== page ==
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Inflation won't put a damper on this summer travel season

Traffic on I84 on the eastern edge of Hartford
Tyler Russell
Connecticut Public
Traffic on I84 on the eastern edge of Hartford

The traditional summer travel season will likely be kicking off with a very busy Memorial Day weekend.

AAA is predicting more than 2 million New Englanders will be traveling this weekend, roughly 400,000 Connecticut residents will be among them.

That would be a 6% increase over last year, but still shy of numbers before the COVID-19 pandemic.

The vast majority of travelers will be on the roads. AAA says the busiest drive time will be Friday from 3 p.m. to 6 p.m.

Connecticut State Police said they will launch extra roving DUI patrols beginning Thursday evening and running through Monday.

“It's a lot of work for patrol troopers that are working every single day,” Sgt. Christina Jeltema said. The state troopers have roughly 200 vacancies.

But she said they’ll do “anything that will keep the citizens and people driving through Connecticut safe throughout this holiday weekend.”

If you’re Bradley bound

“International travel is surging,” AAA spokesperson Fran Mayko said. “Our bookings are 250% higher this holiday weekend than last year.”

Mayko said 43,500 Connecticut residents plan to fly this Memorial Day weekend.

Bradley International Airport in Windsor Locks advises arriving at the checkout counter 3 hours before an international flight’s departure and 90 minutes for a domestic flight.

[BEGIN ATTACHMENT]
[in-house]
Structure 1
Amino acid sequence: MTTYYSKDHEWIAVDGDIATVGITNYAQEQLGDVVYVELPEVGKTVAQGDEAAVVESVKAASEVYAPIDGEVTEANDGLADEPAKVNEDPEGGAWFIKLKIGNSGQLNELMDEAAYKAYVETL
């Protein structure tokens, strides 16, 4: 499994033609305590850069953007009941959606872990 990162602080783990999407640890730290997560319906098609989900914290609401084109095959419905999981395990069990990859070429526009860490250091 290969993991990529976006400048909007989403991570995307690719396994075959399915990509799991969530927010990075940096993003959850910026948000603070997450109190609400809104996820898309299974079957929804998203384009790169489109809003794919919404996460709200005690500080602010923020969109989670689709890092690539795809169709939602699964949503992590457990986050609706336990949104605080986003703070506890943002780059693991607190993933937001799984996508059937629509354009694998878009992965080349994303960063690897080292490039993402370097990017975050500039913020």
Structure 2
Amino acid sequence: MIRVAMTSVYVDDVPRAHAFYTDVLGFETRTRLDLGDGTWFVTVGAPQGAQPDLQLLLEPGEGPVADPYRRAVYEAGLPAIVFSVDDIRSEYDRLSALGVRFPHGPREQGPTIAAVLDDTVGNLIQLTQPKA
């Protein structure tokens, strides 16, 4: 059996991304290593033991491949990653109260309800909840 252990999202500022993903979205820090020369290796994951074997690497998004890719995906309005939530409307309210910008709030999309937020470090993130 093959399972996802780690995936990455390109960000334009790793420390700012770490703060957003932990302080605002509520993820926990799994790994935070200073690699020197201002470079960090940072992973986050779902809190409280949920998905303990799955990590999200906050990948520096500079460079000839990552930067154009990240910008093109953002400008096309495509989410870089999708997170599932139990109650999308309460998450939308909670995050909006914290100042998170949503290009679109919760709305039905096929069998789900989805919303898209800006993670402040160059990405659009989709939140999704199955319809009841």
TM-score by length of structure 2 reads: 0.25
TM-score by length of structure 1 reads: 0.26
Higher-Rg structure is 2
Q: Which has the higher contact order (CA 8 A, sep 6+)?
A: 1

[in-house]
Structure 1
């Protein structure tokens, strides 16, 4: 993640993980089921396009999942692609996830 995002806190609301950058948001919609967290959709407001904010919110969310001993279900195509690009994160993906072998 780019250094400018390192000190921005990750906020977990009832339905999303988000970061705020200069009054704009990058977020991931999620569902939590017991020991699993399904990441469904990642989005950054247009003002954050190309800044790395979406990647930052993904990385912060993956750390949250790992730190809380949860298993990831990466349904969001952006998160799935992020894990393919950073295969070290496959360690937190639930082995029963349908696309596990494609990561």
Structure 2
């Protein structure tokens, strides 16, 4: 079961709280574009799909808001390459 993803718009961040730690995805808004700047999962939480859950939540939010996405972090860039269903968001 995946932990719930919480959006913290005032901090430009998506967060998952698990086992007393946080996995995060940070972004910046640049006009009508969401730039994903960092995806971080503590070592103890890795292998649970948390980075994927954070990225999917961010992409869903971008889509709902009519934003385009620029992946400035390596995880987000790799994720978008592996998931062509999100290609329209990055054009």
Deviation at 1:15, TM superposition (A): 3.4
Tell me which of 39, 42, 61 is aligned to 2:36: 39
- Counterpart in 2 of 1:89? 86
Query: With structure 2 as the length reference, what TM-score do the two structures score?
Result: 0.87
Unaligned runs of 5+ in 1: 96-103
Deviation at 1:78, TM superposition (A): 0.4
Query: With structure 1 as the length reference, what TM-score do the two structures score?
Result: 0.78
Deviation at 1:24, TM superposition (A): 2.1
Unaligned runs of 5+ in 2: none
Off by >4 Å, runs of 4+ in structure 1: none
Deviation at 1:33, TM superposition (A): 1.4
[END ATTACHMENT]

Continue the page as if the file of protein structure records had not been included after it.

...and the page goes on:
Passengers can brush up on what they can and cannot pack at the Transportation Security Administration’s website.

“I think one of the things that I hear from our TSA colleagues, is that people forget they have loose change and stuff like that in their pockets,” Bradley’s Public Information Officer, Alisa Sisic, said. “So all of that ends up slowing down the process.”

Sisic said Bradley expects its busiest period will be Thursday morning.

What about inflation?

Airfare to top destinations is up 40% this year, according to AAA, and eating out is also more costly.

The National Restaurant Association cites federal data which shows restaurants prices in April were 8.6% higher than the same time the year before.

So why isn’t that putting a damper on people’s plans?

University of New Haven Professor Jan Jones said, “People are feeling comfortable to travel again and they want to get back out into the world.”

She advised anyone who is traveling this summer to plan ahead for more than just a plane ticket, a hotel room and a rental car.

“The reality right now is you also have to book ahead for events, and you also want to book ahead for any kind of dining that you're going to do,” she said.

Jones said that’s because the restaurant industry is still facing staffing shortages.

Jennifer Ahrens is a producer for Morning Edition. She spent 20+ years producing TV shows for CNN and ESPN. She joined Connecticut Public Media because it lets her report on her two passions, nature and animals.